Spring clouds swirl around the summit of Mount Whitney as the sun turns the last of winter’s snow into meltwater.

The Hills at Night

Moonrise over the Alabama Hills and the Inyo Mountains beyond.
Lightning illuminates the Alabama Hills, which sit near the bottom of one of the deepest and steepest valleys in America. To the west, Mount Whitney and the Sierra Nevada tower more than 14,000 feet above sea level. Eastward, the Inyo Mountains rise nearly as high. Massive lightning storms flickered on the far side of both ranges throughout this moonless, pitch-black night, lighting up the Owens Valley with each flash.
Moonrise over the Alabama Hills and the Inyo Mountains beyond.
The glowing tent shot is a bit overdone these days, but when authentic, it still has its place. I especially appreciate the way these images use scale to set mankind against the much greater and more dominant backdrop of our planet and the universe. Sheltering away in our little tents, we are truly at the mercy of it all.
Moonrise over the Alabama Hills and the Inyo Mountains beyond.
I remember this hot, summer night. Drank quite a few beers. Seared some chicken in a cast iron pan and used my camp stove to whip up some stuffing. Stayed up ’til 4 am watching the world turn beneath the stars.
Clear nights in the Alabama Hills give campers a glimpse into the distant past. Here, the Great Rift is visible as a dark band obscuring part of the Milky Way.

Directions to the Alabama Hills

Just three hours from Los Angeles, the Alabama Hills are a quick zip across the Mojave Desert and up US 395 — another of California’s famous, scenic drives. The roads that wind through the boulders are dirt, but suitable for 2WD vehicles as long as you don’t go exploring too far off the beaten path (the side and spur roads can get rough quickly). And while camping in the hills feels wild and lonesome, the friendly glow of Lone Pine’s lights on the horizon will guide you into town should you crave a hot meal or need a resupply of ice and beer.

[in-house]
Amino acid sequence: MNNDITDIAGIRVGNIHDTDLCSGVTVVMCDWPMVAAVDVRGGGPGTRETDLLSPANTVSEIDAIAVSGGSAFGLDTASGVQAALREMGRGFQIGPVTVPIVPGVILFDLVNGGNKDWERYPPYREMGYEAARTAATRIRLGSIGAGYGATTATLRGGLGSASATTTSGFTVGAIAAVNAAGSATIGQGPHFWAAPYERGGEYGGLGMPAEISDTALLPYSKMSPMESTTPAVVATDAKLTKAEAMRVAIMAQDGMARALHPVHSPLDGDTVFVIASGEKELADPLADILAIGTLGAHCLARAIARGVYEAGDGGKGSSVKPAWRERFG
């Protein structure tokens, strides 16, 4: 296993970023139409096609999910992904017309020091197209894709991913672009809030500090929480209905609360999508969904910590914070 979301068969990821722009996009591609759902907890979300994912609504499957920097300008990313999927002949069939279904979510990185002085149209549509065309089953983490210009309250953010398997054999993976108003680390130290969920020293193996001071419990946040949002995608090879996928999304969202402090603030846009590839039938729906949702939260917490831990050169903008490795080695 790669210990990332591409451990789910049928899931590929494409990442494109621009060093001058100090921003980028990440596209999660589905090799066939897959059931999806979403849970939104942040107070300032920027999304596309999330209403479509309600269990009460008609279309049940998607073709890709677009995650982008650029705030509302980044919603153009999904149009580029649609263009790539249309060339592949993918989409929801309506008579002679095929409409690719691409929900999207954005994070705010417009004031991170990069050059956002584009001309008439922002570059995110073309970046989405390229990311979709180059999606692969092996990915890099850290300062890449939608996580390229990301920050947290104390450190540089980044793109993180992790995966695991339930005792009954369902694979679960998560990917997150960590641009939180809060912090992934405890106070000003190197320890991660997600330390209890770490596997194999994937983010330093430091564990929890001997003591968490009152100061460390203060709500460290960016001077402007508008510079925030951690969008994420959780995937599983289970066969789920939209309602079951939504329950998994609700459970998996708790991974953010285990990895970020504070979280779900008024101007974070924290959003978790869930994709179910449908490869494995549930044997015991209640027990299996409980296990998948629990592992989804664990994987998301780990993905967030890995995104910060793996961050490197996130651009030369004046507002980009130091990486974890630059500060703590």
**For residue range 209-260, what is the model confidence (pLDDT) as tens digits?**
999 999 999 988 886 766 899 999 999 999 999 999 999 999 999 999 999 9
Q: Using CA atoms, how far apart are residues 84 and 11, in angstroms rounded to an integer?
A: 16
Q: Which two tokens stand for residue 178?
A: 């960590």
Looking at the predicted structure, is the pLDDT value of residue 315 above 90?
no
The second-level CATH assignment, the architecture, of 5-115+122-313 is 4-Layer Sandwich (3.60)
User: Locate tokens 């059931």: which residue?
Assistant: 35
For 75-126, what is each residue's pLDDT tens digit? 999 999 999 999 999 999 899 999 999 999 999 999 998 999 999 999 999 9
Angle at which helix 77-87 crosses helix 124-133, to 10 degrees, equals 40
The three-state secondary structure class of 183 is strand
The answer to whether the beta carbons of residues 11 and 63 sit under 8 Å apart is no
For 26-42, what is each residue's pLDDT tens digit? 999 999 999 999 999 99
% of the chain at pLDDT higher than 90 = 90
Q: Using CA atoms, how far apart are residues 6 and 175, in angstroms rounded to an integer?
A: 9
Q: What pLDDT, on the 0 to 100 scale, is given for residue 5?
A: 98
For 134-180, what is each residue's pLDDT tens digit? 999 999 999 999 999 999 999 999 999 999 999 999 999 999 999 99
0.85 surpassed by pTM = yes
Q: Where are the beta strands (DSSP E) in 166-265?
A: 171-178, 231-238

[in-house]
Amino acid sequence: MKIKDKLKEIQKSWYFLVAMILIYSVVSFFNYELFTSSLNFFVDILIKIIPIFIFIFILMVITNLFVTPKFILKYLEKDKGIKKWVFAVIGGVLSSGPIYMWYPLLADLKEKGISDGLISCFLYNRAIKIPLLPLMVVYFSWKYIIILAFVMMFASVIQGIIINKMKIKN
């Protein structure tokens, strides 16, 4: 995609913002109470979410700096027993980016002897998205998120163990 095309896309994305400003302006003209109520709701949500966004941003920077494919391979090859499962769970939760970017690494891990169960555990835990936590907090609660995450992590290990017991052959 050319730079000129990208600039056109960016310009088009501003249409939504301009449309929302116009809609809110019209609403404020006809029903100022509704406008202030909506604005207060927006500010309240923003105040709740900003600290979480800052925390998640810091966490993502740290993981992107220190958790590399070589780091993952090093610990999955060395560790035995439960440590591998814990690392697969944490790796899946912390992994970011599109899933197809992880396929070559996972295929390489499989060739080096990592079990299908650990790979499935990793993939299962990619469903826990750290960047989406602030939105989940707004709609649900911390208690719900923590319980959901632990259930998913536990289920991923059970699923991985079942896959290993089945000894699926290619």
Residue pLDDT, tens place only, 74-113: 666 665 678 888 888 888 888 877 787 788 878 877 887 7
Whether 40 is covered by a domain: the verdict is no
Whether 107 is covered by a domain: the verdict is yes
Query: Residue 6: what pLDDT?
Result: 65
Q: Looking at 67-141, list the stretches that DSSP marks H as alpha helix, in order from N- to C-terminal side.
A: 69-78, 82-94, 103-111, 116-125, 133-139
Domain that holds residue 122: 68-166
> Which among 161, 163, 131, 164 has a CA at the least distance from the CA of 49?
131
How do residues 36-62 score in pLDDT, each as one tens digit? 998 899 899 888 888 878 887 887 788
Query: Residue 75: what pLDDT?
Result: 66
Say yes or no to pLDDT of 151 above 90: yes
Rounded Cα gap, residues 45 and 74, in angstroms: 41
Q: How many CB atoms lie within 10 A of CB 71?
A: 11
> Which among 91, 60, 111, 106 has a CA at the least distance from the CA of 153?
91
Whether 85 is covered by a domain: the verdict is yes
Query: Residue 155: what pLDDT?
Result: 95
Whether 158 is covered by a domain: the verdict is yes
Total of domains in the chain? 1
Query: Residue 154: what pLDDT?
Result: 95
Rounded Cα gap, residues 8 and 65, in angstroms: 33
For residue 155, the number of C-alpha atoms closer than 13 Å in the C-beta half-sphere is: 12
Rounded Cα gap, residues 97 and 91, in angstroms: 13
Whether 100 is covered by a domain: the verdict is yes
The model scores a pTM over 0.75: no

Related Organizations

Friends of the Inyo

Friends of the Inyo is devoted to the preservation of the Eastern Sierra landscapes, animals, plants and natural ecosystems. We strive to keep the public lands of the Eastern Sierra open to all and unencumbered by inappropriate development. Their core values compel them to advocate constructively based on science and data, and with ethical conduct. They collaborate with communities and diverse peoples of the Eastern Sierra.

Eastern Sierra Interpretive Association

As one of the region’s oldest nonprofits, the Eastern Sierra Interpretive Association (ESIA) was established in 1970 by visionary citizens interested in helping the U.S. Forest Service provide interpretive education relevant to the unique surrounding landscape. Upon receiving its nonprofit 501(c)3 status in 1971, ESIA became one of the first independent organizations in the United States to operate under a Participating Agreement with the U.S. Forest Service for educational purposes.

Eastern Sierra Land Trust

Eastern Sierra Land Trust works with willing landowners to protect vital lands in the Eastern Sierra region for their scenic, agricultural, natural, recreational, historical, and watershed values. By partnering with forward-thinking landowners, agencies, and conservation supporters, they work with their community to conserve the Eastern Sierra for the future.

Bureau of Land Management

The Bureau of Land Management’s mission is to sustain the health, diversity, and productivity of public lands for the use and enjoyment of present and future generations.